It would be a mistake to believe that the radical right-wing elements in our societies will disappear immediately if we provide solutions to today’s social and economic challenges. Both globalisation and European integration have destabilised the politics of the nation-state, and the reverberations of these changes will be felt for a long time to come. However, both of these changes have also led to huge benefits in the daily lives of ordinary people. Progressives should be strident in defending greater global and European integration against the often empty criticisms of right-wing populists and extremists.
We want to conclude by referring to some specific measures against the radical right that could be put into practice immediately. It has been observed that, even if the appropriate legislation against xenophobic behaviour often does exist, it cannot be implemented properly due to lack of suitable training and mind set of the civil servants or police officers that apply it. We recommend that different stakeholders collaborate with each other in a knowledge exchange in order to provide public officials with EU-wide training.
Another proposal relates to the empowerment and representation of minorities in political parties. This can be achieved by establishing quotas for those who are elected as candidates, by increasing leadership in minority groups, and via private-public partnerships to help promote equality in business as well as the public sector.
In addition, it is crucial to overcome hate speech in the public sphere, such as inside the European Parliament and on the internet. Hate speech has to be monitored in the European Parliament by an independent body and the existing sanctions regarding hate speech need to be reviewed. Concerning hate speech on the internet, we strongly suggest that social media should be used in this effort to confront the advocacy of hatred and that a dialogue should be promoted between internet providers and social media companies, examining among others the possibility of creating a new platform for non-governmental organizations and the civil society.

The challenge posed by the radical right is a great one, but we believe that it is surmountable, and that we can build a Europe that fulfills the historic ideals of democracy, human rights, diversity, respect and peace.

The capacity building week, entitled How to Counter Right Wing Populism and Extremism in Europe, took place from 12 to 16 October 2015 in Brussels and Antwerp. The participants were:

 
Miriam Ajayi (25), Germany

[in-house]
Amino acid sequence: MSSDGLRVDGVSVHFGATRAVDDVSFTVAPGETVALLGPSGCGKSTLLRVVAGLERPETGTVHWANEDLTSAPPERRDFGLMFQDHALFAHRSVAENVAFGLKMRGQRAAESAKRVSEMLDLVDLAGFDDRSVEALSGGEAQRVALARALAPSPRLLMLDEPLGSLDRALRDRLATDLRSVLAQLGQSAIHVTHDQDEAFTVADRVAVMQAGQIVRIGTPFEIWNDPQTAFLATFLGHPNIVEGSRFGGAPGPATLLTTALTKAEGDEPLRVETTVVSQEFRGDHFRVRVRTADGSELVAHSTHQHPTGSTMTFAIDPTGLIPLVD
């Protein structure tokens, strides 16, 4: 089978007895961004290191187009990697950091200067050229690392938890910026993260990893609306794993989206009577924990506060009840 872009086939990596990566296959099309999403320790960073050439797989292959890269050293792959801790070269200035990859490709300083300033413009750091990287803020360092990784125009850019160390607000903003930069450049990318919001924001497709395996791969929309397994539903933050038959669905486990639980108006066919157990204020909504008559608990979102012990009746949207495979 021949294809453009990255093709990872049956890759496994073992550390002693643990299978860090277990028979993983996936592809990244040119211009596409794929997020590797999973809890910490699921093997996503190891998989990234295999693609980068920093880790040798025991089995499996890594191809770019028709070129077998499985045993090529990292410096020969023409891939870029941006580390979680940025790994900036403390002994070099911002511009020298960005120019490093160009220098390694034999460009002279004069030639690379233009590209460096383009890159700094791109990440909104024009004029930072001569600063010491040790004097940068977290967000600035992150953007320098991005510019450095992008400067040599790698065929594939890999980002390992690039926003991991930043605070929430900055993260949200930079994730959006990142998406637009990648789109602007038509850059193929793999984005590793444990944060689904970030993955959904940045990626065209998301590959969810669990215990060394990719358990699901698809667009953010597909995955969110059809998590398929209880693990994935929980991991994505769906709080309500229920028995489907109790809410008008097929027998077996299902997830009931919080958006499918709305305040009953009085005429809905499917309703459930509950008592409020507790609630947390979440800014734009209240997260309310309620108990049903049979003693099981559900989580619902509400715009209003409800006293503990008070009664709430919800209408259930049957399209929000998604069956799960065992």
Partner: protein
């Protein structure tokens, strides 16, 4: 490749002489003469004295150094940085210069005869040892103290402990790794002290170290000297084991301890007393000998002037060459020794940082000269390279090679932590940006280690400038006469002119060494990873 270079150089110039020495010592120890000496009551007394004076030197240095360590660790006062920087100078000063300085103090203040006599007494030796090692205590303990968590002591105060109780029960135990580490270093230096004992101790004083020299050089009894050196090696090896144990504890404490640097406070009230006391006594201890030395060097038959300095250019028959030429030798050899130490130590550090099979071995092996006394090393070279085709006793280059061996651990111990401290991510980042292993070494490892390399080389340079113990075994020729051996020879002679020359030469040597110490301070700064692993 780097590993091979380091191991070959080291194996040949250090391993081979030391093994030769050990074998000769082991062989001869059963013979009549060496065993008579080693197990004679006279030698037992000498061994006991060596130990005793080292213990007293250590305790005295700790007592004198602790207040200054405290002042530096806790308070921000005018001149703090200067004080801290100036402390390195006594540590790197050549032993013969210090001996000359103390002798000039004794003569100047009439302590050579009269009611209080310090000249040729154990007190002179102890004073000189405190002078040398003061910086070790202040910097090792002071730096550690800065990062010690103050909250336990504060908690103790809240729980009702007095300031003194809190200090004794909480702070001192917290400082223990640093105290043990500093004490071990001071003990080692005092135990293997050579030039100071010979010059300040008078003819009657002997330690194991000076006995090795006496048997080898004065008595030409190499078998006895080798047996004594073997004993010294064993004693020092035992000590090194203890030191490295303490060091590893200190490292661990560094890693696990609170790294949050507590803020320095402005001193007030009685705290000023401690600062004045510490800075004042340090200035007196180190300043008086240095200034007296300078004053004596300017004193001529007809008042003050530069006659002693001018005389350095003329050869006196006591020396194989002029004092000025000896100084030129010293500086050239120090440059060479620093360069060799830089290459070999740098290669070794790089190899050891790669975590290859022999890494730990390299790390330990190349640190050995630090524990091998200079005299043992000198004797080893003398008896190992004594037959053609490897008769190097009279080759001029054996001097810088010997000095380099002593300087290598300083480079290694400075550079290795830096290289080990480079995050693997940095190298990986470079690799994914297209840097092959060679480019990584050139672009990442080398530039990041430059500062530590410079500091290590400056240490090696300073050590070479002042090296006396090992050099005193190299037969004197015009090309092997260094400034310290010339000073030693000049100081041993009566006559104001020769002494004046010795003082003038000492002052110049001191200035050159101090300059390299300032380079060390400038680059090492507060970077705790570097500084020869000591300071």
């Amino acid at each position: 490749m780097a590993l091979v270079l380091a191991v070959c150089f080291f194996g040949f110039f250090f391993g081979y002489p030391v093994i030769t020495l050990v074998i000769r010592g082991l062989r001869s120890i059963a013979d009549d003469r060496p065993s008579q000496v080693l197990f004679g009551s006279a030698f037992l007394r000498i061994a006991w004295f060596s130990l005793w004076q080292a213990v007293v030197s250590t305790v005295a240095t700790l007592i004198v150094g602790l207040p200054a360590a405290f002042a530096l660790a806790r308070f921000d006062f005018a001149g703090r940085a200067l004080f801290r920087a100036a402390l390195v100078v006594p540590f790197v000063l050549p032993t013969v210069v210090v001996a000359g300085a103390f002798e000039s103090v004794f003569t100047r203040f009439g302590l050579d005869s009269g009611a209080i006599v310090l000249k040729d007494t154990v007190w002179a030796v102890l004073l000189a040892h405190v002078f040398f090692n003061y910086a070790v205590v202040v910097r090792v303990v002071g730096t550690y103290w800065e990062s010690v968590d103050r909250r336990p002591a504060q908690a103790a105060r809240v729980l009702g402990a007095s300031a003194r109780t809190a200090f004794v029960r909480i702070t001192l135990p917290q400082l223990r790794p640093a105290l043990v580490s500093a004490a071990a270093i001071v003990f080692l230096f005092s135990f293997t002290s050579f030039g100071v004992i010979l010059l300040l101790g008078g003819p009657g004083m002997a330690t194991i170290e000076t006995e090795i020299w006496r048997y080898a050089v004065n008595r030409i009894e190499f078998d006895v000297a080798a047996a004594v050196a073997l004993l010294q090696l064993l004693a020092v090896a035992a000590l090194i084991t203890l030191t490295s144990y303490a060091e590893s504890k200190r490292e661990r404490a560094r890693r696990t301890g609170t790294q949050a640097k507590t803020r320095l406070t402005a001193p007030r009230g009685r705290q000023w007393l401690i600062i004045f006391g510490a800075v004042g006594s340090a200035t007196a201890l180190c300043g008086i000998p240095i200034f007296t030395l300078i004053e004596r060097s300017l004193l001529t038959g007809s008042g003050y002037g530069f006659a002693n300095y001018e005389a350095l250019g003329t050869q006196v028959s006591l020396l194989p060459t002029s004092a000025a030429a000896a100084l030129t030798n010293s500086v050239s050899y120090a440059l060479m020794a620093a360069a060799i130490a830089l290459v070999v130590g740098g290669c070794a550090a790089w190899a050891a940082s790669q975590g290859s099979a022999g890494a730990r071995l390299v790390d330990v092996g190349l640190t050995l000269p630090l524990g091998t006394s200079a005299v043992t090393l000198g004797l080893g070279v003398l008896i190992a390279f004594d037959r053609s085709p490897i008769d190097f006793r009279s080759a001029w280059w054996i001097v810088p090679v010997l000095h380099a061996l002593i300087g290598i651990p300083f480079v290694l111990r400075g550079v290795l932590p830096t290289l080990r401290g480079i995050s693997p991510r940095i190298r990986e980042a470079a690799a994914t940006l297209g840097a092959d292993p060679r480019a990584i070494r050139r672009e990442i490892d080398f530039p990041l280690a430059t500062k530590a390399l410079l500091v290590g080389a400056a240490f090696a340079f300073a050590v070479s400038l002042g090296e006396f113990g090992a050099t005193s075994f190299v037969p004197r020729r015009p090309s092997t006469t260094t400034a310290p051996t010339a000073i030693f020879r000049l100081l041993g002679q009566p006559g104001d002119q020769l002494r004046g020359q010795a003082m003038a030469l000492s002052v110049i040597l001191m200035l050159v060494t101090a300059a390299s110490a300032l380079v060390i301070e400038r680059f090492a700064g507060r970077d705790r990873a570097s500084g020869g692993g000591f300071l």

Juliette Alibert (22), France

Théo Aphecetche (21), France,

James Bartholomeusz (23), United Kingdom

 Zsófia Deák (28), Hungary

 Jekatyerina (Katya) Dunajeva (30), Hungary,

Antonis Galanopoulos (26), Greece

Mona Hagi (18), Sweden

Hoang Tran Hieu Hanh (24), Germany

Erik Kochbati (18), Sweden

Maria Koutelidaki (23), Greece

Bénédicte Laumond (27), France

Daniel Lüchow (27), Germany

Kate Samuels (24), United Kingdom

Paul Stocker (26), United Kingdom

Nikolett Suha (30), Hungary


[1] Minkenberg, M. (2001). The Radical Right in Public Office: Agenda-Setting and Policy Effects. West European Politics 24, no. 4 (Oct), p.3.

[2] Mouffe, C. (2000). The democratic paradox. London: Verso, p. 1-3.

[3] Cole, A, Meunier, S. and  V.Tiberj (2013). Developments in French politics 5; Basingstoke, Hampshire, UK: Palgrave Macmillan.

[4] http://tasz.hu/en/romaprogram/hungarian-government-creates-legal-framework-segregating-roma-children-schools

[5] http://budapestbeacon.com/public-policy/hungarys-highest-court-legitimizes-segregation-in-the-case-of-religious-schooling/22387  

[6] See, for example, http://magyarnarancs.hu/belpol/elindult_a_kozmunka-mintaprogram_-_harcos_beke- 76771# and http://www.sosinet.hu/2012/02/28/rajuk-var-a-kozmunka-szegeny-es-cigany-gyerekek- oktatasa/ [in Hungarian].  

[7] Betz, H.-G. (2002). Conditions favoring the success and failure of radical right-wing populist parties in contemporary democracies. In Meny, Y. and Surel, Y. (eds.), Democracies and the populist challenge. New York: Palgrave p. 207.

[8] Chatzistefanou, A. (2012). The extremism of Greece’s centre ground. The Guardian http://www.theguardian.com/commentisfree/2012/may/12/extremism-greece-centre-golden-dawn, Zenakos, A. (2014). The ideology of modernization and the Extreme center. Unfollow https://unfollow.com.gr/web-only/11141-eksygh [In Greek].

[9] Lleshi, B. (2015). Beyond the Nation. The Brussels Times http://brusselstimes.com/opinion/4323/beyond-the-nation.